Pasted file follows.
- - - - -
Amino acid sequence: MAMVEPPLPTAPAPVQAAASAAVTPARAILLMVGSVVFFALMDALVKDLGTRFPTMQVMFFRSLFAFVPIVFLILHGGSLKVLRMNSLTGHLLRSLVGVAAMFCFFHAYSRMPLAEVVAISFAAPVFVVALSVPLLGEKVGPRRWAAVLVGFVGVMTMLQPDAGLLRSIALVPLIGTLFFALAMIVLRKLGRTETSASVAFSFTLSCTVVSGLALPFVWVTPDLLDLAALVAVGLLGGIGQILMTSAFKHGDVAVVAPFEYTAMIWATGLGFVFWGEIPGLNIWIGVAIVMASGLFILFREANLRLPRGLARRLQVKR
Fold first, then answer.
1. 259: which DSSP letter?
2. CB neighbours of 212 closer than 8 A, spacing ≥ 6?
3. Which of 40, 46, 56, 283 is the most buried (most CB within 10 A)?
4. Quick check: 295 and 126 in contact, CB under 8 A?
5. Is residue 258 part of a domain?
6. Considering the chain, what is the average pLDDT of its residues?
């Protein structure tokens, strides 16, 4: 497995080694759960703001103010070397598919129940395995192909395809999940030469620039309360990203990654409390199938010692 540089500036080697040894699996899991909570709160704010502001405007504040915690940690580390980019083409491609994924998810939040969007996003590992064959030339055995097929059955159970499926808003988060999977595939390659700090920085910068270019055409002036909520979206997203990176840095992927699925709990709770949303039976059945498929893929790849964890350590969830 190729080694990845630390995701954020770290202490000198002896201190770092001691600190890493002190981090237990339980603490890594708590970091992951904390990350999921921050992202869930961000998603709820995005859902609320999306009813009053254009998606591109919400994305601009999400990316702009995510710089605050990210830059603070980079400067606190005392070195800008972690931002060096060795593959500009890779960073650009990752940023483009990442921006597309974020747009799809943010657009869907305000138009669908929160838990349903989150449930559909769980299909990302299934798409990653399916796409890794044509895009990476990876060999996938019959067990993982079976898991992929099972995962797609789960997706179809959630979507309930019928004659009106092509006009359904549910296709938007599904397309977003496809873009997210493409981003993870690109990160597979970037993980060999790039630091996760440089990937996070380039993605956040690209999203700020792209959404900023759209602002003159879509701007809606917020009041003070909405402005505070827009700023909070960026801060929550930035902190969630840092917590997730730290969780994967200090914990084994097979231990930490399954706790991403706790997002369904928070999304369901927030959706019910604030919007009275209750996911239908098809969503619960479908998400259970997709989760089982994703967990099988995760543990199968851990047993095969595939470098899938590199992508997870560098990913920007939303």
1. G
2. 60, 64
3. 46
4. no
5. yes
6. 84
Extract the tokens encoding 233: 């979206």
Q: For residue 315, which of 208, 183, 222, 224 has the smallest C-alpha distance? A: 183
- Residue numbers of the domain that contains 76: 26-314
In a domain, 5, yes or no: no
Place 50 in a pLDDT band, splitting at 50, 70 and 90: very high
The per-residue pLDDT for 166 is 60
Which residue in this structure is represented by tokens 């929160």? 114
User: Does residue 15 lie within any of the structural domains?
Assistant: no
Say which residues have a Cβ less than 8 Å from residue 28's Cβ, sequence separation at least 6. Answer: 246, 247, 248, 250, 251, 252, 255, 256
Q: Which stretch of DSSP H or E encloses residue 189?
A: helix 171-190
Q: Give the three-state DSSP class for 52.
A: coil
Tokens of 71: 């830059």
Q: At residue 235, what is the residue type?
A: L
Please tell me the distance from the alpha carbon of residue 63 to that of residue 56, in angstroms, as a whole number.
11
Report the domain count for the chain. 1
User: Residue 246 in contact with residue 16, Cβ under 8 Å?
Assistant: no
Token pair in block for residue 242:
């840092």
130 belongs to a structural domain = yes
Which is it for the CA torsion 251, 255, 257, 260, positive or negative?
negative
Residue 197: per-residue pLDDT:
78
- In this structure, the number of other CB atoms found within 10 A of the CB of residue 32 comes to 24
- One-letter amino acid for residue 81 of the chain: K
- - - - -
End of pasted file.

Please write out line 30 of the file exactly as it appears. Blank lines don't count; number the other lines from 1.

Tokens of 71: 């830059």